Riddiford Park, which is greatly admired by visitors, was formerly a rough paddock, where football and cricket were occasionally played, and narrowly escaped being roaded and cut up into small building allotments. In 1924 an option was secured by the Mayor, Mr. W. T. Strand, on behalf of the council, over this area and the adjacent business premises.
The proceeds of the sale of the buildings and sites enabled the Park area to be acquired without cost to the ratepayers, and it was largely through the efforts of the late Mrs. W. T. Strand, who was Mayoress at the time, that Riddiford Park came into being.
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Riddiford Park, 1940,

Showing part of the National Rock Garden of New Zealand.
The late Mr. G. H. Chapman voluntarily undertook the initial development of the Park, including the children's play-area, and, in 1928, Mr. E. Hutt, who had been appointed Superintendent of Parks and Reserves, prepared the plans for the Rock Garden, which is one of its main attractions.
The main construction work of the Park was completed in 1932, and it now embraces an extensive aviary, the Dental Clinic and Plunket Rooms, and the splendid baths, made possible by the generous gift of the Riddiford family, after whom the park is named.
The baths and the croquet greens have been the scenes of numerous Dominion and Provincial tournaments.
The fine Memorial Gates at the Laing's Road entrance were donated by Mrs. Fred Cooper in memory of her late husband, a well-known horticulturist.
Mr. D. A. Ewen donated equipment to the value of £200 for the children's play area.
The Naenae Reserve was acquired in 1925, but was not developed until 1934.
One of the more recently-constructed sports grounds is Strand Park, named after Mr. W. T. Strand, an ex-Mayor. This area of about 20 acres, bounded on one side by the river, was completed and available for football in 1940.
With the advent of town planning in the borough, when the Waiwhetu and Moera areas were developed, provision was made for reserves, children's play-areas, and open spaces for recreation.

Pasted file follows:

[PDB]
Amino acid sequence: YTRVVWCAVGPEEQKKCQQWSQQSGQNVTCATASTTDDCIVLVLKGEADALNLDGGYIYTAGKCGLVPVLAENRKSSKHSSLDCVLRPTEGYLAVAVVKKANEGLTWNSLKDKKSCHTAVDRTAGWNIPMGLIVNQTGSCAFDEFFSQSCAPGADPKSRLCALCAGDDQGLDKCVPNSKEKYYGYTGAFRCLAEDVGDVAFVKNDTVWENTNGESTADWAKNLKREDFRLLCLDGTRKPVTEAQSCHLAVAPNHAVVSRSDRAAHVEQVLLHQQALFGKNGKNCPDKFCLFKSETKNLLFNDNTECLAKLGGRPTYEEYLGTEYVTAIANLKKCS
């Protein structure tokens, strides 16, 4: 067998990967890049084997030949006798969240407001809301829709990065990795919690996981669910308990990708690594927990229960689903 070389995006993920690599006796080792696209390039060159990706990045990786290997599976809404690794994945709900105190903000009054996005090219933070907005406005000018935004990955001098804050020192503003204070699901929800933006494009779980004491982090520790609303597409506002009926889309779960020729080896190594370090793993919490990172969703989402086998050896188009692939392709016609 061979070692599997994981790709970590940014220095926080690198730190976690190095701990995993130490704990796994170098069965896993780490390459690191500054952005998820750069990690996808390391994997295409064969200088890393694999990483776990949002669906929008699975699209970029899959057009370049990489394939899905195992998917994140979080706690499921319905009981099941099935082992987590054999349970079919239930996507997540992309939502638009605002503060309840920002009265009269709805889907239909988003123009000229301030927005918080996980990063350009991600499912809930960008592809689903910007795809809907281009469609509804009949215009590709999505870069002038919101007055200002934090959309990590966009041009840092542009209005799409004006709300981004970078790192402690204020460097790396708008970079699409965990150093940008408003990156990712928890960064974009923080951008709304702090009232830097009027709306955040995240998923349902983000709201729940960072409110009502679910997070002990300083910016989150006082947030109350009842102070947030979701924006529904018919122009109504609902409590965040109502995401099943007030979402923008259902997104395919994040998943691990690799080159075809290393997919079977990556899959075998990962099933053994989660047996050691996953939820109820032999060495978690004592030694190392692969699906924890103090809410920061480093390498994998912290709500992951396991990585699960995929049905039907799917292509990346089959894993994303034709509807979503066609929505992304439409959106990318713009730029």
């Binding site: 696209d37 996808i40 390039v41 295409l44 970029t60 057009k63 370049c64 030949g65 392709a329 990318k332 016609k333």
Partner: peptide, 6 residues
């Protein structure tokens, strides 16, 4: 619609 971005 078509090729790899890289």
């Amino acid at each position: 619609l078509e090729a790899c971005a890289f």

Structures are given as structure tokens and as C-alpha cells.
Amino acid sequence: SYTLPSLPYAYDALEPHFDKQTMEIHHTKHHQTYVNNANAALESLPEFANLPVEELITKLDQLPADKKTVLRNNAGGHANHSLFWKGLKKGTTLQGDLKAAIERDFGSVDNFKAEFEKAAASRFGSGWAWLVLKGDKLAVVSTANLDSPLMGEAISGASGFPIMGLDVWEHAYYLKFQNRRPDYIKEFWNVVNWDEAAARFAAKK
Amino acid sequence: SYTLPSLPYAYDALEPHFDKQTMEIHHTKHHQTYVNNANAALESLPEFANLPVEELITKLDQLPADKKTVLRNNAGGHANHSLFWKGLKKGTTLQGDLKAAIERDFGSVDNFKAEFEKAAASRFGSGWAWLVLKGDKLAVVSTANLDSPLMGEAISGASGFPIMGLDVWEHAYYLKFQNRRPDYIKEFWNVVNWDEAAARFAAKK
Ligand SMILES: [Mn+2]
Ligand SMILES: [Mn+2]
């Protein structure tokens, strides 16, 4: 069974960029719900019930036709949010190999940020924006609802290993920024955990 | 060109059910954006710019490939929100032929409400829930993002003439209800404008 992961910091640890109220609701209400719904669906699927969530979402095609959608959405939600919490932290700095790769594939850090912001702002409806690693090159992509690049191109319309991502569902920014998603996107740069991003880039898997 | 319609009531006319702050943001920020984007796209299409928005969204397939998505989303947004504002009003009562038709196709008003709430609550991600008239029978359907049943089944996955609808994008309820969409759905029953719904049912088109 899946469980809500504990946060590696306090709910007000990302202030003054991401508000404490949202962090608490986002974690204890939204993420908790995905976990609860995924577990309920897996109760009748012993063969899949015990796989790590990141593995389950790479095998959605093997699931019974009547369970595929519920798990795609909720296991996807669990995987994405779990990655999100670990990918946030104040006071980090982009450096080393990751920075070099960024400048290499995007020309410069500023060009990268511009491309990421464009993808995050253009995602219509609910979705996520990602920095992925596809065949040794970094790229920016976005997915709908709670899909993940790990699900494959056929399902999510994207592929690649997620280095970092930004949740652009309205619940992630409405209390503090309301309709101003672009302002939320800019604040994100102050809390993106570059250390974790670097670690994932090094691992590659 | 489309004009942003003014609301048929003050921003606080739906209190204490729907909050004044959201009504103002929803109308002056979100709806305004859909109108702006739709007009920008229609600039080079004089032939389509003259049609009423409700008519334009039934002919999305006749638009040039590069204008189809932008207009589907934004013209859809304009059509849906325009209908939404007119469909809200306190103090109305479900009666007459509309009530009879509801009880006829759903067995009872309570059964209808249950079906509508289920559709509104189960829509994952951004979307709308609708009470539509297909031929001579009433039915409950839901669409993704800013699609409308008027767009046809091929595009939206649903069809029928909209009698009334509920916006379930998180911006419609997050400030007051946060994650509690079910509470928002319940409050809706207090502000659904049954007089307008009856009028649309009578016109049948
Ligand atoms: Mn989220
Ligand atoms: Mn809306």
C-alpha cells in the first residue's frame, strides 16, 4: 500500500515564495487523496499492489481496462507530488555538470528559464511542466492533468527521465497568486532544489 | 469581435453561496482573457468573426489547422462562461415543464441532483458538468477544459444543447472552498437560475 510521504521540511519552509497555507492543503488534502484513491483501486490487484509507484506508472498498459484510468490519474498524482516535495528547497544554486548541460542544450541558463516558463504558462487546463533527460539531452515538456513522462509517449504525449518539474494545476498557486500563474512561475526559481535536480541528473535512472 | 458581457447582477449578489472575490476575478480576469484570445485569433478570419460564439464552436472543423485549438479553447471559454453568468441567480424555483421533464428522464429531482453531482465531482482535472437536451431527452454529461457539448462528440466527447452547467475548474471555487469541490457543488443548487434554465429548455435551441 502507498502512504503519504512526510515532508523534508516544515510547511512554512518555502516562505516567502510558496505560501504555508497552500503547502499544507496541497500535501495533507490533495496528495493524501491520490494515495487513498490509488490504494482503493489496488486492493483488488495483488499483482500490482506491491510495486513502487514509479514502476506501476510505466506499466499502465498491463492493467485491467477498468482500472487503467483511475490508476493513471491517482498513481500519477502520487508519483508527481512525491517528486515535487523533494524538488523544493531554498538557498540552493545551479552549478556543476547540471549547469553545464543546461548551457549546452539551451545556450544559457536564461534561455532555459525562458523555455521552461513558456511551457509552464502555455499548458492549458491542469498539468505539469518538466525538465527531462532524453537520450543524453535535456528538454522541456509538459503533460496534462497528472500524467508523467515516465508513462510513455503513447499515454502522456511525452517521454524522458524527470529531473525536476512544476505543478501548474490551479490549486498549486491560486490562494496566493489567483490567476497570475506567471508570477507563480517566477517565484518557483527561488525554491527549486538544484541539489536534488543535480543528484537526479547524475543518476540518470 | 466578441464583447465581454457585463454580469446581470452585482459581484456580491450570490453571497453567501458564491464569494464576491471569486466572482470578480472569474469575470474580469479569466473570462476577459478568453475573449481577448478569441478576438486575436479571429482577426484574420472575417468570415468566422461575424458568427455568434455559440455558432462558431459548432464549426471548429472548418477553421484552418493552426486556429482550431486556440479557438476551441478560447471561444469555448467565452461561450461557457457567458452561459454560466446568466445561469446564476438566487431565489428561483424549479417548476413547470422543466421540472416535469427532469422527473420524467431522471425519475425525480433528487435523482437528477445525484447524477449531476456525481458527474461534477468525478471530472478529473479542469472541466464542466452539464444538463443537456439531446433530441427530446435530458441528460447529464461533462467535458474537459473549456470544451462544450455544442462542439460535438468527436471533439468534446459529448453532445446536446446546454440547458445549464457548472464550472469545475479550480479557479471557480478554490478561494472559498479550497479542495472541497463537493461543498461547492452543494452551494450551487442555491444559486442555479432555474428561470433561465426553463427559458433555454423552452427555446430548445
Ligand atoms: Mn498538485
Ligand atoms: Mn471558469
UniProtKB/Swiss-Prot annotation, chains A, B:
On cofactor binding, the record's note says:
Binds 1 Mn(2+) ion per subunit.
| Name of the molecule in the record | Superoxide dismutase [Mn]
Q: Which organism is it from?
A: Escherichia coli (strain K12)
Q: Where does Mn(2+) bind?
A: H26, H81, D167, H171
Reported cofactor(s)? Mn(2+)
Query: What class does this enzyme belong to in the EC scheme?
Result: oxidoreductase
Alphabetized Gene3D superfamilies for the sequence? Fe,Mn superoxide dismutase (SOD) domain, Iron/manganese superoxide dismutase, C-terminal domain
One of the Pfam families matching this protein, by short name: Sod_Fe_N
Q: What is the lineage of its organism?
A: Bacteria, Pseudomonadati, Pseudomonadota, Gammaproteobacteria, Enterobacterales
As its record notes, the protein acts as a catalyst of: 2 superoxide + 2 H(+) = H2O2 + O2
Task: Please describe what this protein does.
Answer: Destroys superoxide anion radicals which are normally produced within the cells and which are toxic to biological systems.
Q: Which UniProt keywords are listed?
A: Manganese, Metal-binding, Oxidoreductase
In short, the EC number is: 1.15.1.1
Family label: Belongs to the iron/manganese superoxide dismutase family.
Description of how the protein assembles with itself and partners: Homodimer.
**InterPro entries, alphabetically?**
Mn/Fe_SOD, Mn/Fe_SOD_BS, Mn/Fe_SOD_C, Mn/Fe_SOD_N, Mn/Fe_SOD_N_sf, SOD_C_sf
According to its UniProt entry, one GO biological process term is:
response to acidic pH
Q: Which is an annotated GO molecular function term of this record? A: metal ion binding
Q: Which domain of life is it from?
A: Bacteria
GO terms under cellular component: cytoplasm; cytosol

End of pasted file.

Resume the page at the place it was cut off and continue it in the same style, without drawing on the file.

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Riddiford Park and Baths.

The Fire Brigade Station, completed in 1925, is on the left.
These areas include Trafalgar Park, Bell Park, the Moera children's play area, Wilford Street tennis courts, Riverside Drive Reserve, and the gardens at Massey Avenue.
The development of these reserves during the depression period created useful employment and enhanced the amenities of the borough.
A great deal has been done in the planting and beautifying of streets, and since the revival of Arbor Day many hundreds of trees have been planted by school children. Many of these trees were raised at the Borough Council's own nursery in Birch Street, which has an annual output of over 200,000 trees, shrubs and plants.
For many years Gear Island, an open space of approximately 150 acres, has been used as a golf course as well as for farming.
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Gear Island—A Possible Development For Recreational Purposes.

—Prepared by Mr. E. Hutt.
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The Plunket Rooms and Dental Clinic, Riddiford Park.

—Photo A. R. Hurst

Jubilee Park.

One of the most recent acquisitions by the borough is Jubilee Park, an area of 13 acres at the foot of the Western Hills, which is being devoted exclusively to native flora.
Amidst these picturesque surroundings the historic pioneer hut has been re-erected and preserved for posterity by the generosity of Lady Roberts. This hut was originally built in the Centennial Exhibition from split totara slabs cut from the bush in the Trentham district for Mr. Barton's house nearly one hundred years ago.
An added attraction at this park, however, is the delightful fernery donated as a sanctuary for native ferns by His Worship the Mayor, Mr. J. W. Andrews, and it already houses a very comprehensive collection of ferns from all parts of the Dominion. This park, so named to commemorate the Jubilee of the Borough, will be opened on the 1st February, 1941.

Bands.—(See page 103).

For many years the Council subsidised a band.
In 1935, following a public meeting, the new Council decided to municipalise the band under the name "The Lower Hutt Civic Band." It was later equipped with new uniforms and instruments.
Other bands are the Municipal Band (Inc.), the Hutt Valley Pipes and Drums, the Hutt Valley High School Band, and the Salvation Army Band.
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Jubilee Park.

The Lake.
The Fernery—Photos "Evening Post.